Robert Ehlert: Not all Republicans backed gun, ag-gag bills

March 12, 2014 

Ehlert, Robert smiles.JPG

Robert Ehlert

KATHERINE JONES — kjones@idahostatesman.com Buy Photo

Two of the most controversial and landslide votes in the Legislature this year had to do with the so-called ag-gag bill, SB 1337, and the guns on campus measure, SB 1254.

Both prevailed in the House and Senate on mostly party-line votes. But what I found interesting was that the ag-gag bill elicited "no" votes from Republican Sens. Cliff Bayer and Russ Fulcher, both of Meridian, as well as Sandpoint Sen. Shawn Keough and Nampa Sen. Curt McKenzie. Republican Sens. John Goedde, of Coeur d'Alene, Dan Johnson, of Lewiston, and Keough voted against the guns on campus measure — Keough being the only senator to vote against both.

Only two House Republicans voted against the ag-gag bill: Meridian's Steven Harris and Boise's Lynn Luker. Six Republicans voted against the guns on campus measure, with Luker being the only one to vote against both.

Luker is the lawmaker who crafted two controversial religious freedom bills in the House that were later withdrawn. Conventional wisdom might be that he would find the ag-gag and guns bills irresistible. Wrong. I was so impressed with Luker's thoughtful deliberations, which he supplied via email, that I decided to share them here:

"Regarding 1337 (ag-gag), I thought it was unnecessary and counter to our efforts at public defender and criminal justice reform. I believe the issue of concern in 1337 is already covered under our current criminal trespass, malicious injury to property and other laws. I did not think that adding yet another criminal law for a specific group was consistent with the efforts to simplify and consolidate overlapping criminal laws.

"HB 1254 (guns) was a more difficult decision. I appreciated the arguments on both sides. I am upset with the lax security that universities employ. The universities complained that HB 1254 would cause them to spend more money on increased security, yet that is exactly what they should be doing anyway. None of the campus police or security personnel on campus are armed. It is undisputed that there are people already carrying on campus in violation of current law. The university presidents don't seem to be much concerned about that, but are concerned about letting people with legally authorized permits from carrying to protect themselves. I agree with the sentiment that there is a large 'sign' out at all Idaho schools, whether K-12 or Higher Ed, that says: 'We are unarmed.'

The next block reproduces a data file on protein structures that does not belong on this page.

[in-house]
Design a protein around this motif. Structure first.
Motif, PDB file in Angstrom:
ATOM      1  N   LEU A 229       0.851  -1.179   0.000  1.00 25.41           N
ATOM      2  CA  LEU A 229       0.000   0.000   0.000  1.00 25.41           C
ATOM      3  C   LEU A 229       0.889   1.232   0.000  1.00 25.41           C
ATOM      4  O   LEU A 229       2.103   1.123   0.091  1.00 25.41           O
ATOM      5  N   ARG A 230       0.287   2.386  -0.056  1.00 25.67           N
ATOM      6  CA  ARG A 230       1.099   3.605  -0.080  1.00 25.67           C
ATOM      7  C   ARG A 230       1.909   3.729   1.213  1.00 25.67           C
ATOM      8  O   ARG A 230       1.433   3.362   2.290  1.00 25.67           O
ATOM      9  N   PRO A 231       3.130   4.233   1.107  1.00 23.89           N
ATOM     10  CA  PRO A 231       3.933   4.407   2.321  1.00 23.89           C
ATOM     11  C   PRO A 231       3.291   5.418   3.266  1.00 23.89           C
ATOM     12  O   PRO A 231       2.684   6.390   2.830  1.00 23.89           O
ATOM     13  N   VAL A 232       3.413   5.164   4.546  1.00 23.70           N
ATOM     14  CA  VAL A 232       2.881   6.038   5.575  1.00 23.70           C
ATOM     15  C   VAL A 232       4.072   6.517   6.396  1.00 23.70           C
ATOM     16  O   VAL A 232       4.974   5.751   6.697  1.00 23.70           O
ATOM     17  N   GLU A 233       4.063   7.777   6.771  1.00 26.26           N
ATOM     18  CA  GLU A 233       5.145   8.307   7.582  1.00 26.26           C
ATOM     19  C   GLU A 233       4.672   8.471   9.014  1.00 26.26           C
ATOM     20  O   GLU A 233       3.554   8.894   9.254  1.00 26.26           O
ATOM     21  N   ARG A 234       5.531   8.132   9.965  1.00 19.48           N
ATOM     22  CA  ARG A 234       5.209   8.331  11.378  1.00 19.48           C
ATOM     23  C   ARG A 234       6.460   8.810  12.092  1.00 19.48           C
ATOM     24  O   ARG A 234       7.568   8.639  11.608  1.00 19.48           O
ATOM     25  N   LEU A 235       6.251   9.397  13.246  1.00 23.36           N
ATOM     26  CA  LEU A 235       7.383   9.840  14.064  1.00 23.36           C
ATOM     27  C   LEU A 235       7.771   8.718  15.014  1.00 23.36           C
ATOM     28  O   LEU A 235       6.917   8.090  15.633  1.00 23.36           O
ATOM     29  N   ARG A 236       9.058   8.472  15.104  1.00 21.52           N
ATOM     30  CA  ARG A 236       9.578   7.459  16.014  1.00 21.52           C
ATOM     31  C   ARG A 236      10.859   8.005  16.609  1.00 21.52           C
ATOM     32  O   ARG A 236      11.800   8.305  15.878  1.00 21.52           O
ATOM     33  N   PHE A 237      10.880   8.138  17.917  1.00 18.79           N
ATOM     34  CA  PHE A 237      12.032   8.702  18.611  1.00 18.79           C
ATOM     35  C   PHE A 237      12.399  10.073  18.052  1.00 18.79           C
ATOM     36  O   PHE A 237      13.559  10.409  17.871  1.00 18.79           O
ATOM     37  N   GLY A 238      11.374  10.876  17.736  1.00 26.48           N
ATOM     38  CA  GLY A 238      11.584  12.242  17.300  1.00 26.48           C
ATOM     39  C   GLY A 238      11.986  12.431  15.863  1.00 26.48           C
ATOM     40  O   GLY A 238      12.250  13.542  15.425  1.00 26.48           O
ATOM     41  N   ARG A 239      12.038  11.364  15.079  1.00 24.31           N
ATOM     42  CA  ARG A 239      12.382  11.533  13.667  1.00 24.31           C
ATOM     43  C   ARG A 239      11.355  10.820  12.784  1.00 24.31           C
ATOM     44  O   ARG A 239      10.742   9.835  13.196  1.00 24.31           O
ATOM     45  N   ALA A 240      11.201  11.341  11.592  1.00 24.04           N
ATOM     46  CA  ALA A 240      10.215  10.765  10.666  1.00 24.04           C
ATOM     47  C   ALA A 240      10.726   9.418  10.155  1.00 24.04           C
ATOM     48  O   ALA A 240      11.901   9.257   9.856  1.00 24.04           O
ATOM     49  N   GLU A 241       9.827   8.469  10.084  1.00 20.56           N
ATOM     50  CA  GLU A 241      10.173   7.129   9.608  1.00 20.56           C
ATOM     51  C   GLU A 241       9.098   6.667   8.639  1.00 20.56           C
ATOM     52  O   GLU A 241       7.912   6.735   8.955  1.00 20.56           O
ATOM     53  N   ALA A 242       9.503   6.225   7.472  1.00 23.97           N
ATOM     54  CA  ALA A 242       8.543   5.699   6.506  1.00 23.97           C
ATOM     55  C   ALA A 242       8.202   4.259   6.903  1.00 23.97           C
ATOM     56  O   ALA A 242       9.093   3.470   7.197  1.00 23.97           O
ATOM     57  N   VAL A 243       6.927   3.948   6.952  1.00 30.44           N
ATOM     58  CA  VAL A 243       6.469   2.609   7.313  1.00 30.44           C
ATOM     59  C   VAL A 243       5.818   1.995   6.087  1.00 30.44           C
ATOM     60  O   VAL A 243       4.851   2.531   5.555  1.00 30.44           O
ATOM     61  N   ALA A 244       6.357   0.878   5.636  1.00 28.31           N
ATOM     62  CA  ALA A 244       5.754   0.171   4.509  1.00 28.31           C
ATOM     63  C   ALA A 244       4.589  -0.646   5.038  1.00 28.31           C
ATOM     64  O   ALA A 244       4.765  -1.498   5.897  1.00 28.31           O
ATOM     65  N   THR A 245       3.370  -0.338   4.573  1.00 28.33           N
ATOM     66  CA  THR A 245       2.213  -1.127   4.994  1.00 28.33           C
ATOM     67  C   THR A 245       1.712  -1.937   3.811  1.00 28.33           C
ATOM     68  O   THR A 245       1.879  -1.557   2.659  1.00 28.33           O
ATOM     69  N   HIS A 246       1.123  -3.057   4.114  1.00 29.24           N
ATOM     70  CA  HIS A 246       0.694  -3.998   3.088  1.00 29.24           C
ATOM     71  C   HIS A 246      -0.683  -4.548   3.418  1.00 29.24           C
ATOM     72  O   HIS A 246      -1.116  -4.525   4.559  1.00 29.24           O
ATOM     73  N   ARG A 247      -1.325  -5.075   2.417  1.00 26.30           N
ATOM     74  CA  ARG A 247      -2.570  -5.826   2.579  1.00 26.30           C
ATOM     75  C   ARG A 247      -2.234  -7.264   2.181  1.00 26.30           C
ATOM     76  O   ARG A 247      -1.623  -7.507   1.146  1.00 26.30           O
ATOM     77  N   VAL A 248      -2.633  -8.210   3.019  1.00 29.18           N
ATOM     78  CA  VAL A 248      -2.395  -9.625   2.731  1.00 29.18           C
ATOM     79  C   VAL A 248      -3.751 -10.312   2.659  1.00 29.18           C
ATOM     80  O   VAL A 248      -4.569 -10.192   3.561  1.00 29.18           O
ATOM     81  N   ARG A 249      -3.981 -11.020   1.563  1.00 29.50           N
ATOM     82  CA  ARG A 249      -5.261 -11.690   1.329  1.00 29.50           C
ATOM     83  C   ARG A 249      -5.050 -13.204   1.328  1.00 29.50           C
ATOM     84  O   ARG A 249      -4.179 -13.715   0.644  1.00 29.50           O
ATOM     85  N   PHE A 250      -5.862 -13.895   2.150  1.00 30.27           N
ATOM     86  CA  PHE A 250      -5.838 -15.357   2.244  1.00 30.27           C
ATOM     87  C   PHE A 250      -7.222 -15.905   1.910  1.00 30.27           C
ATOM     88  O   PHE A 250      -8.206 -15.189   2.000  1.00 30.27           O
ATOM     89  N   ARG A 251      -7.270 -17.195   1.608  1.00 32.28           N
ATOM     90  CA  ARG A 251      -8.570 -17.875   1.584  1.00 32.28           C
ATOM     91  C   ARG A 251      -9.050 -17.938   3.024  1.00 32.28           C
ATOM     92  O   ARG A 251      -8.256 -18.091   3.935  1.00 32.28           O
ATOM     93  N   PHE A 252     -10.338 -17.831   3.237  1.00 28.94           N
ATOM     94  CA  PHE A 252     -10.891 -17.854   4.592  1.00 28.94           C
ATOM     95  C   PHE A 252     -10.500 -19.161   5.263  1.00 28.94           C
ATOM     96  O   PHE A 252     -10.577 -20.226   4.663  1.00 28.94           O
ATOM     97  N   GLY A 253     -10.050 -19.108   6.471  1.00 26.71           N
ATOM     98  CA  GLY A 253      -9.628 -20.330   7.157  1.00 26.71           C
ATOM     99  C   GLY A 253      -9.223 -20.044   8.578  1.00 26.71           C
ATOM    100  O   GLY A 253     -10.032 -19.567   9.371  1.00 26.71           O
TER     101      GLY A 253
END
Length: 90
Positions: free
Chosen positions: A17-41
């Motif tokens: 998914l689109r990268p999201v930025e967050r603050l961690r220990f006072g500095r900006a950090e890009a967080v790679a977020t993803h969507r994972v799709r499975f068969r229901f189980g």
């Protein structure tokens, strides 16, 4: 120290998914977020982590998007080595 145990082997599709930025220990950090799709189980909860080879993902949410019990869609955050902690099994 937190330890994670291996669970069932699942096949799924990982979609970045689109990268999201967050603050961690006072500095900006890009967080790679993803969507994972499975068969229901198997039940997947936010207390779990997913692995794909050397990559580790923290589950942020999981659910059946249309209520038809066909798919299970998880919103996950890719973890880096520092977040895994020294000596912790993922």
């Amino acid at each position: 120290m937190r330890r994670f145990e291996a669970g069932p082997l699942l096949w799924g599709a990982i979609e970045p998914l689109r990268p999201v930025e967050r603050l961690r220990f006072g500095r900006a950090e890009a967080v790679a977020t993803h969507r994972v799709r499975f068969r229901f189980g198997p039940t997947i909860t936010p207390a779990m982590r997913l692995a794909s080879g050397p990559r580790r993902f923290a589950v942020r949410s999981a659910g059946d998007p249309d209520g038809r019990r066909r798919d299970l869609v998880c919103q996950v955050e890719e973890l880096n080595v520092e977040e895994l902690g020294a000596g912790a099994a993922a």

"On the other hand, I had some technical concerns with the bill, because it excluded dormitories, but not frat houses that are on university property, which is particularly relevant at the University of Idaho. I also recognized the general uneasiness that rests with a large part of the public about opening up campuses for guns. That was reflected in email, phone and letter communications from a wide spectrum of District 15. I received a lot of comments from around the state, and while I consider those, I look particularly at comments from District 15 because that is who I represent.

"This issue generated more commentary from District 15 than any other issue this session. Also, I did not receive comments only from the usual activists, but from a wide spectrum of Republicans and Democrats who were concerned about the bill - people who don't usually write unless they are very concerned.

"There were actually also a few very strong Second Amendment supporters who did not like the bill because it did not go far enough or because it added penalties for permit revocation. My unscientific tally was 20 percent in favor and 80 percent against. So, despite my concerns about security on campus, and the legitimate concerns of permit holders to exercise their right to protect themselves, I had to balance that with the technical flaws in the bill and the feelings of my district.

"Also, I did not see this as a constitutional issue, but rather a policy issue. Idaho Constitution Art 1, Sec 11 has a carve-out to allow the state to regulate concealed carry. (The bill) did not implicate any constitutional right, but rather was a policy decision on how much or how little to regulate concealed carry under the constitutional carve-out given to the Legislature."

Robert Ehlert is the Statesman's editorial page editor. Contact him at 377-6437, or on Twitter @IDS_HelloIdaho.

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